|| CS37420 |
|| E-COMMERCE: IMPLEMENTATION, MANAGEMENT AND SECURITY |
|| 2004/2005 |
|| Dr Mark B Ratcliffe |
|| Intended for use in future years |
|Next year offered
|| 2007 |
|Next semester offered
|| 1 |
|| CS25820 , CS27420 , CI25910 |
|| CS31220 |
| Course delivery
|| Lecture || 40 Hours |
|| Seminars / Tutorials || 4 two hour practicals |
|Assessment Type||Assessment Length/Details||Proportion|
|Semester Exam||2 Hours Conventional examination. ||50%|
|Semester Assessment|| Report (5000 words) detailing investigation of practical E-commerce possibility. ||50%|
|Supplementary Assessment|| Report (5000 words) detailing investigation of practical E-commerce possibility. ||50%|
|Supplementary Assessment||2 Hours Conventional examination ||50%|
Learning outcomesOn successful completion of this module students should be able to:
Identify, classify, and select implementation strategies for potential e-commerce projects.
Implement an e-commerce system conforming to the three tier model, selecting appropriate technology.
Select and justify appropriate payment methods for specified e-commerce activities.
Advise businesses on appropriate security for e-commerce systems.
Our proposed new degree in Business Information Technology has a strong emphasis on the construction of Web-based systems and enterprise-wide database systems. This module brings those strands together, considering the issues involved in web-based commercial systems using enterprise database systems.
E-commerce is still an expanding field, despite the bursting of the dotcom bubble. Companies which have an ineffective e-commerce presence are losing significant ground in some areas of commerce. This module covers both the practical and the managerial issues of building an effective e-commerce presence for a company.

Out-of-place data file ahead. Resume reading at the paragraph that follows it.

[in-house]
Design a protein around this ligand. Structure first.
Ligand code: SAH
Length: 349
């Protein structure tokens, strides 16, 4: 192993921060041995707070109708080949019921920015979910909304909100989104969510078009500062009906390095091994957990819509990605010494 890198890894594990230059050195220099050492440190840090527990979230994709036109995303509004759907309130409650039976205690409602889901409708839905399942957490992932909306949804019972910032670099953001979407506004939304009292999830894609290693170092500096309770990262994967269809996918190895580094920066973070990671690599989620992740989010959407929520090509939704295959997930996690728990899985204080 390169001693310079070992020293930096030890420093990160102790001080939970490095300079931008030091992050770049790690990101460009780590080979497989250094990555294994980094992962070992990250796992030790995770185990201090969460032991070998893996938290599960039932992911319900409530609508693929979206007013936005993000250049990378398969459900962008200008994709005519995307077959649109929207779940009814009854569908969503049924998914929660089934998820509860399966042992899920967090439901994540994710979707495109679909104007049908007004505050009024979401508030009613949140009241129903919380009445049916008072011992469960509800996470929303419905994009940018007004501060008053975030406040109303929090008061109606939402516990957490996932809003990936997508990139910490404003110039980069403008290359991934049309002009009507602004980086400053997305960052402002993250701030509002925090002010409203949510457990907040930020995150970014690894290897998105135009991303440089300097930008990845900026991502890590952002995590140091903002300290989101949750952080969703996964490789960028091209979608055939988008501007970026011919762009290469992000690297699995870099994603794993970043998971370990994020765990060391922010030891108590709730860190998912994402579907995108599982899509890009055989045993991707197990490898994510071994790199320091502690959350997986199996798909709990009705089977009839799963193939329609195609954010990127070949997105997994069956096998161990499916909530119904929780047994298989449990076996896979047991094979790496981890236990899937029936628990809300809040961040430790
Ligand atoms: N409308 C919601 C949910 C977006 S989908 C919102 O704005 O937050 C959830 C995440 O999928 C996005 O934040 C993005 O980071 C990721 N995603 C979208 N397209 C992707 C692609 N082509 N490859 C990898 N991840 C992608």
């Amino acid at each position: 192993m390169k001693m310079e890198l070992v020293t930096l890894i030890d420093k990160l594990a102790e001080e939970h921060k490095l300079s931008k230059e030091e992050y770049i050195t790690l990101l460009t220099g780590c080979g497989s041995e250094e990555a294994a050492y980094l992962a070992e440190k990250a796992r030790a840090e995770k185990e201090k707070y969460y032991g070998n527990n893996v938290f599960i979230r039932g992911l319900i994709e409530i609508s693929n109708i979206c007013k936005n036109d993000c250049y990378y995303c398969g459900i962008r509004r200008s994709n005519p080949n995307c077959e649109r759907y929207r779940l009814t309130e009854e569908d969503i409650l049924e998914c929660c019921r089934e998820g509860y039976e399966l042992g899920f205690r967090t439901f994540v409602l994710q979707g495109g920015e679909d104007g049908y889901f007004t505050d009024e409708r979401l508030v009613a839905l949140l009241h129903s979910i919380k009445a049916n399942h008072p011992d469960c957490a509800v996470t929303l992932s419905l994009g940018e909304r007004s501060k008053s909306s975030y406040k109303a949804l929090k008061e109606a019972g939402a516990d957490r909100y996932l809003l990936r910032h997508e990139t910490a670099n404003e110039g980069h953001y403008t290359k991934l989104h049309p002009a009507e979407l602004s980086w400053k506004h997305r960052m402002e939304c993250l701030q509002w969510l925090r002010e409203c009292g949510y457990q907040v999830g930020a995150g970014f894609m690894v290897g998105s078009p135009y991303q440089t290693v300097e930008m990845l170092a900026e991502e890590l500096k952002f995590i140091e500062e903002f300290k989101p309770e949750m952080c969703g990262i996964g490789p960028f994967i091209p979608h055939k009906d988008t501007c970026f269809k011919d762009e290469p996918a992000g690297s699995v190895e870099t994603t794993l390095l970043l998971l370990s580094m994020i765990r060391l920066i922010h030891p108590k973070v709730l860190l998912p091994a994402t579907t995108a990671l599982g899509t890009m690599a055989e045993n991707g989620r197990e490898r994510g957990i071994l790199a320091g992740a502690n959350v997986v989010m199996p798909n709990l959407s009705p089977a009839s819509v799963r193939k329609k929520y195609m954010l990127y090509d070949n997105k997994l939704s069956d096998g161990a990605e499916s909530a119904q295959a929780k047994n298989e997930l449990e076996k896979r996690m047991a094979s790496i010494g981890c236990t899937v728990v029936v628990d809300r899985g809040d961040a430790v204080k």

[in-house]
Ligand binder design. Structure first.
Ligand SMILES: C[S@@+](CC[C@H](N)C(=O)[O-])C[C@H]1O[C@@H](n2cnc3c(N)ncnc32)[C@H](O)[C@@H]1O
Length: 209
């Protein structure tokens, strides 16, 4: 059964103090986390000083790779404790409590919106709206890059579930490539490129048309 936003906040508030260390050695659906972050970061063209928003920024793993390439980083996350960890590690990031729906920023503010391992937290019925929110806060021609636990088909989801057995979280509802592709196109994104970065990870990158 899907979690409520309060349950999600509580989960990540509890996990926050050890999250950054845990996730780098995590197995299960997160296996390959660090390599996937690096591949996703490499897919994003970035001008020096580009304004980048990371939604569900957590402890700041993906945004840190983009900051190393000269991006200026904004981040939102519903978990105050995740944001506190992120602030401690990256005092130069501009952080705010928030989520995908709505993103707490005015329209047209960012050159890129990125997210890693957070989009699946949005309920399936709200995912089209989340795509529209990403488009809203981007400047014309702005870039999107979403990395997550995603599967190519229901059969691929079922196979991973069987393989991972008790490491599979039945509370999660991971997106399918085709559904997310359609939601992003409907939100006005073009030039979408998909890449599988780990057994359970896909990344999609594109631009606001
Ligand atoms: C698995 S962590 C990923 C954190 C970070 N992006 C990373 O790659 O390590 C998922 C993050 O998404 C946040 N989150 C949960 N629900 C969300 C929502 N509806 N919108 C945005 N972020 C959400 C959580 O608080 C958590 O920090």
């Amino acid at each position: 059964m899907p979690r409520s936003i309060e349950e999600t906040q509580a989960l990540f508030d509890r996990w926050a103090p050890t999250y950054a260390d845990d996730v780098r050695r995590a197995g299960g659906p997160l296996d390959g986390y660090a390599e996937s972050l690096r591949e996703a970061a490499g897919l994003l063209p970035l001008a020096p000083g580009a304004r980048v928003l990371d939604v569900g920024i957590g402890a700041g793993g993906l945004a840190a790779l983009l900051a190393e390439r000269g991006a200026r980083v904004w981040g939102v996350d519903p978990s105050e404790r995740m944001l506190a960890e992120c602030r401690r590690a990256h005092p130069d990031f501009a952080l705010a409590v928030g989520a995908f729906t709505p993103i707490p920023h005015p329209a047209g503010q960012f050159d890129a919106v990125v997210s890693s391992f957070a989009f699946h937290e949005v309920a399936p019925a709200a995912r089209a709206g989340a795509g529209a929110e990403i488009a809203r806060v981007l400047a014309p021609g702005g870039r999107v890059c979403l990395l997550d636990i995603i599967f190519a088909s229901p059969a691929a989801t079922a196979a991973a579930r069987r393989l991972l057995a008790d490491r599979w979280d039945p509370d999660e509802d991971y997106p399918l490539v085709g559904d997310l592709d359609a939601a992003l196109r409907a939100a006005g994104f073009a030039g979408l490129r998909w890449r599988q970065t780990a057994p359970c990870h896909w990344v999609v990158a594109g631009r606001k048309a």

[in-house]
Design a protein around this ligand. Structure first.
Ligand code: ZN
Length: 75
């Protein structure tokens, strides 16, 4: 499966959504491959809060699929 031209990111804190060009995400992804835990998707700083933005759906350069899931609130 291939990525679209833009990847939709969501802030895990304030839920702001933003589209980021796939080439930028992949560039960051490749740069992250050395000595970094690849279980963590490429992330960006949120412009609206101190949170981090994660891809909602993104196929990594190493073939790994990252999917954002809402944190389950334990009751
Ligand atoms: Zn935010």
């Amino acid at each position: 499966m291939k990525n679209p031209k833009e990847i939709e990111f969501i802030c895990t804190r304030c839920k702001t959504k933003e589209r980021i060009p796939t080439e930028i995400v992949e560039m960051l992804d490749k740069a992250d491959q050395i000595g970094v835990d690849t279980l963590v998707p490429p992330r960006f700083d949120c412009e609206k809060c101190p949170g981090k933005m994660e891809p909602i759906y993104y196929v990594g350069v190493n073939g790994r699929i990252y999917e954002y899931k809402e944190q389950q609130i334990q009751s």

Introduction to e-commerce: Examples of types of e-commerce (B2C, C2C, B2B, C2B). The 3 tier model for e-commerce systems. (4 lectures)
Client-side technologies for e-commerce: linking e-commerce to already known web technology material. (2 lectures)
Distributed application models: a survey of available models from a functional standpoint. J2EE, .NET (12 lectures)
Internet payment systems: characteristics of internet payment systems, 4C payment methods, SET credit card payment protocol, micropayments. (4 lectures)
Advanced technologies for e-commerce: mobile agents/WAP, data mining, use of XML. (6 lectures)
Managing e-commerce: developing e-commerce applications, business models of e-retailing, content management, inter-company integration. (6 lectures)
Secure internet transactions: The threats to electronic transactions. Modern cryptography. Digital signatures and digital certificates. SSL and SET. (6 lectures)
** Recommended Text
Weidong Kou (ed.) (2003) Payment technologies for E-commerce
Laudon, Kenneth C. and Traver, Carol Guercio (2002) E-Commerce: Business, Technology, Society
Addison Wesley 3-540-44007-0
Chan, H et al (2001) E-commerce : fundamentals and applications
Chaffey, Dave (2002) E-Business and E-Commerce Management
Prentice Hall 0-273-65188-9
This module is at CQFW Level 6